April #HomeHealthChat: Palliative Care In The Home

The April #HomeHealthChat was co-hosted by the Home Care Alliance of Massachusetts (@ThinkHomeCare). The Home Care Alliance of Massachusetts is a non-profit trade association of home care agencies that promotes home care as an integral part of the health care delivery system

The April #HomeHealthChat focused on Palliative Care in the Home beginning with perceived definitions and moving through workforce challenges and considerations for quality of care.

The Alliance hosts a home health-focused Twitter chat on the fourth Tuesday of every month at 2 pm ET. Be sure to check here for updates on topics, co-hosts, and questions!

If you have topic ideas for future Twitter chats, or are interested in co-hosting a chat, please contact the Alliance’s Director of Communications and Events Jen Schiller here.

Below are some of the highlights from the chat:

Street Medicine Brings High-Quality Healthcare to the Homeless

Home health care most often occurs in a rather obvious location: a patient’s home. What though happens when a patient doesn’t have a traditional home? Enter street medicine, an emerging model that delivers care to patients where they are, be that in shelters or in the streets, in an effort to improve public health and care for some of the country’s most vulnerable patients.

Street medicine is, in many ways, similar to traditional forms of house calls, with a physician or physician assistant treating a patient where they live. The difference is the location, and sometimes the transitive nature of the patients.

A mostly grassroots model, a few health systems are keying in to the benefits of street medicine, while the Department of Veteran’s Affairs also already employs a similar model. The VA’s program, Homeless Patient Aligned Care Teams (H-PACT), serves over 5,000 patients a year in 31 locations.

One of the pioneers of street medicine, Dr. Jim Withers, founded Operation Safety Net more than 20 years ago within Pittsburgh Mercy Health System. Operation Safety Net offers a number of focused initiatives for homeless patients, treating the patient as a whole through partnerships with the area agency on aging, the VA, shelters, food banks, and more. The innovative program trains more than 100 residents and students each year and offers a one-month residency for University of Pittsburgh School of Medicine fourth-year students.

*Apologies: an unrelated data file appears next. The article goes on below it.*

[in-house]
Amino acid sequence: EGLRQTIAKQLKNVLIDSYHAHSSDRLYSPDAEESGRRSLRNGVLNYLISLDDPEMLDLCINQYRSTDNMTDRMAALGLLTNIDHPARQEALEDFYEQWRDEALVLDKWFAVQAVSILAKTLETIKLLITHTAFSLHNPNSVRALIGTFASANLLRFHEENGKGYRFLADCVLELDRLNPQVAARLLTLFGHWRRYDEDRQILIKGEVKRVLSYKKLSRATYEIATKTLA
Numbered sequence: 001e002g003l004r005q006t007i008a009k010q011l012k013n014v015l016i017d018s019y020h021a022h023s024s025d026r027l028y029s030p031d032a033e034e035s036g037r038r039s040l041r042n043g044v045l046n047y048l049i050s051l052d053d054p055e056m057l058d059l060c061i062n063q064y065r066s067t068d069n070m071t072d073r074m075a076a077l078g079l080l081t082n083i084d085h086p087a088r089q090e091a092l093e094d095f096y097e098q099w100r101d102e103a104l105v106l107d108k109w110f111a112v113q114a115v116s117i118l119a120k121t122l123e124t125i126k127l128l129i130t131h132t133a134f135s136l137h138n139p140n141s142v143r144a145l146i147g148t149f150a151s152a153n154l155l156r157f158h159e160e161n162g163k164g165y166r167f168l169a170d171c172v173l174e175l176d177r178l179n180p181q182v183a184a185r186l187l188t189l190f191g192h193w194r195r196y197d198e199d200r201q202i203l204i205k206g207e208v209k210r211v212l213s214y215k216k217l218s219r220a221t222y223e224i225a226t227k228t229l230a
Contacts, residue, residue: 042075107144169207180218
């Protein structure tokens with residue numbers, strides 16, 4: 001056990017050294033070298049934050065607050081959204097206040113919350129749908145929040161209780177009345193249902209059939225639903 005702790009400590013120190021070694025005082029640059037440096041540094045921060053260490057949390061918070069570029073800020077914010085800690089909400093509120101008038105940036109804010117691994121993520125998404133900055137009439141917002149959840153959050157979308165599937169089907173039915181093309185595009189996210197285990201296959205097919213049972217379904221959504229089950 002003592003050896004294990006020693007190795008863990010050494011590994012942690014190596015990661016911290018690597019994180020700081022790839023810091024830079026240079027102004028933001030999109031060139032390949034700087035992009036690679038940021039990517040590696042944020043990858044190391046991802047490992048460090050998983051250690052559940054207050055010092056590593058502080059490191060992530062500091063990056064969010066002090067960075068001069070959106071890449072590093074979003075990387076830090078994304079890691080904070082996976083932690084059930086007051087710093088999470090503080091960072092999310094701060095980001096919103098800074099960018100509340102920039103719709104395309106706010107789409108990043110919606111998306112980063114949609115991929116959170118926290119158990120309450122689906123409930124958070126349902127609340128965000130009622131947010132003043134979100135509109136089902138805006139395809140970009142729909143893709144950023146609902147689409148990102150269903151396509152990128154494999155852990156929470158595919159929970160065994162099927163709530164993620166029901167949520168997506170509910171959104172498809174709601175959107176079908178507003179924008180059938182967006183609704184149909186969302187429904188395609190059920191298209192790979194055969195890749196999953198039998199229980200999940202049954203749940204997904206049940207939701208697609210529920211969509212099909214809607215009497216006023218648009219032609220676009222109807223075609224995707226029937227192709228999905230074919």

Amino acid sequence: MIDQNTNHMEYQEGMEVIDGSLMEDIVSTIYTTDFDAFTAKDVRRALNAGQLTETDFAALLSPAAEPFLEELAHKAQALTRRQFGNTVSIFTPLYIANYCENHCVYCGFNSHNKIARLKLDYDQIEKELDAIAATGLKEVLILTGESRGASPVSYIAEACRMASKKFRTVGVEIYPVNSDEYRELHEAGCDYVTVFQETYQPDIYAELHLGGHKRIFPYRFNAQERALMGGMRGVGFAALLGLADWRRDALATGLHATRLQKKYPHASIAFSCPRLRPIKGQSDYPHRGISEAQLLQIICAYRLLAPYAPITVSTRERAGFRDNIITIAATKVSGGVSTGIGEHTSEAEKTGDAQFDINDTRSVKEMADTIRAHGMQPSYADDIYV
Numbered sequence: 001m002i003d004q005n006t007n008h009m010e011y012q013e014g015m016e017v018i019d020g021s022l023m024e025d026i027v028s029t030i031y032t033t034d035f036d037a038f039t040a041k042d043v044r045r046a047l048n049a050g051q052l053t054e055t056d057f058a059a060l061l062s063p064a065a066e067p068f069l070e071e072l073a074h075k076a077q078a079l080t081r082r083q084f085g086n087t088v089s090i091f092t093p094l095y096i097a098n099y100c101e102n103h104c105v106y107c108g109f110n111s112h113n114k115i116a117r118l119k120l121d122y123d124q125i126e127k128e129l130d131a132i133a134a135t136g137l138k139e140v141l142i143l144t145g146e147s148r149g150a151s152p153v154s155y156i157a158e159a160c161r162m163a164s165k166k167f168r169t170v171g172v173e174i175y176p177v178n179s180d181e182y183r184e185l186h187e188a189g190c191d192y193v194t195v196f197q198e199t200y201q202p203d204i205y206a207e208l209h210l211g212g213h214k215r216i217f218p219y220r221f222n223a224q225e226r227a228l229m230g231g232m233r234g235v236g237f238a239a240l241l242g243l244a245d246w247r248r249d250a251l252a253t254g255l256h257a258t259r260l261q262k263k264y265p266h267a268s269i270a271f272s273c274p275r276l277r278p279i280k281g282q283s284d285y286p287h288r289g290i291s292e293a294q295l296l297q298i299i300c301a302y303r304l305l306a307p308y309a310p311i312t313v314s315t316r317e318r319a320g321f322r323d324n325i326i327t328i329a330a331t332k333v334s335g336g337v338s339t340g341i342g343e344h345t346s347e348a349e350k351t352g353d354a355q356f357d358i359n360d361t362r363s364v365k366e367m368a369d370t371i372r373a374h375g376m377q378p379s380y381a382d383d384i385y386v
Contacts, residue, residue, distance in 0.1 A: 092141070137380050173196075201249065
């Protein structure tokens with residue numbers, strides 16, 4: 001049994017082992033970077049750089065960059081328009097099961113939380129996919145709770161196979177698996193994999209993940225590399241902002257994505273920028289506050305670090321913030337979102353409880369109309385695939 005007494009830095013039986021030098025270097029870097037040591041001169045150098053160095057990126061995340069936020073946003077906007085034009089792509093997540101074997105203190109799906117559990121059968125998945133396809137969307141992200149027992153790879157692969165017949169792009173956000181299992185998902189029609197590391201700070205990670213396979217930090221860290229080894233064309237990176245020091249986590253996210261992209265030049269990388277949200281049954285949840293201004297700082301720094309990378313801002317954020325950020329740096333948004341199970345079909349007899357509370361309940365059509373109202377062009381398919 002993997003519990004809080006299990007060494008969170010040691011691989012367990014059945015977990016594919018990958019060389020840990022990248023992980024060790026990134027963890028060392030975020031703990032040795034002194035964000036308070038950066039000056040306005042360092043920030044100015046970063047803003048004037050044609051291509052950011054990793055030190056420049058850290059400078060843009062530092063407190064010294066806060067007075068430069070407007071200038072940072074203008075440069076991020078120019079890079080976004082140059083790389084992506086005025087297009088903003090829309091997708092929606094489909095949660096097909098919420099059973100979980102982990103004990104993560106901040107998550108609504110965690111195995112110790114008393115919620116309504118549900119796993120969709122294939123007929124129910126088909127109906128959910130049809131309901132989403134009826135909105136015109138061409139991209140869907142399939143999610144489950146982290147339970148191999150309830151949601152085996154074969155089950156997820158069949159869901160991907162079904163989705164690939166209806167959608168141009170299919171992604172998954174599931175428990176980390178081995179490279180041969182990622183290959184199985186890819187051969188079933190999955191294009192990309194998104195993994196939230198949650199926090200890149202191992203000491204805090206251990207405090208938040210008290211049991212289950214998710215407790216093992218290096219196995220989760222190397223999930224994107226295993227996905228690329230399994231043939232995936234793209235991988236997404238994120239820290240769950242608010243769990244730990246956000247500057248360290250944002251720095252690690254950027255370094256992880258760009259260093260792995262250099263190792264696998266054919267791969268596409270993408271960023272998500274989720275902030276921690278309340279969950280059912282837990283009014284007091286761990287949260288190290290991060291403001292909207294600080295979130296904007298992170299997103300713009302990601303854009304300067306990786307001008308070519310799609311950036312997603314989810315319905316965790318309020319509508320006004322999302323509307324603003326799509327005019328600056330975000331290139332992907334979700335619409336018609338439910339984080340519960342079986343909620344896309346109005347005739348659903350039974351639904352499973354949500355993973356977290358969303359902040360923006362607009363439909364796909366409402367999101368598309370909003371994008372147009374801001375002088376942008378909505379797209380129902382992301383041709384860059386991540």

Lehigh Valley Health Network also runs a street medicine program, led by physician assistant Brett Feldman. Feldman, who was recently profiled by the Associated Press, treats about 100 patients a month in the program.

What these programs have in common is reduced rates of emergency room visits saving hospitals and health systems money while improving the overall health of the communities they serve. Estimates have shown a decrease in 30-day readmission rates at Lehigh Valley hospital down to 13 percent from 51 percent. Add to that the fact the rate of uninsured homeless has gone up nearly three fold from 24 percent to 73 percent and that’s a lot of savings for the hospital and health system. Many of the other health systems discussed in the AP article have seen similar savings and outcomes improvement.

Just like traditional home health providers are increasing their focus on preventative care, street medicine seeks to treat repeat patients before they wind up in emergent care, where care delivery is much more costly. Focusing on preventative care, and treating patients where they can be or need to be treated is a critical piece for the future of health care delivery. Street medicine, like home health care, aims to reduce readmissions and provide high-quality healthcare that truly serves the patient, especially those who are most vulnerable.

Improving Health Care for All This April and Beyond

April marks the Department of Health and Human Services’ Minority Health Month for 2016, focusing on “Accelerating Health Equity for the Nation.” As a critical piece of the health care system, home health care is a vital ally in the mission of improving health equity.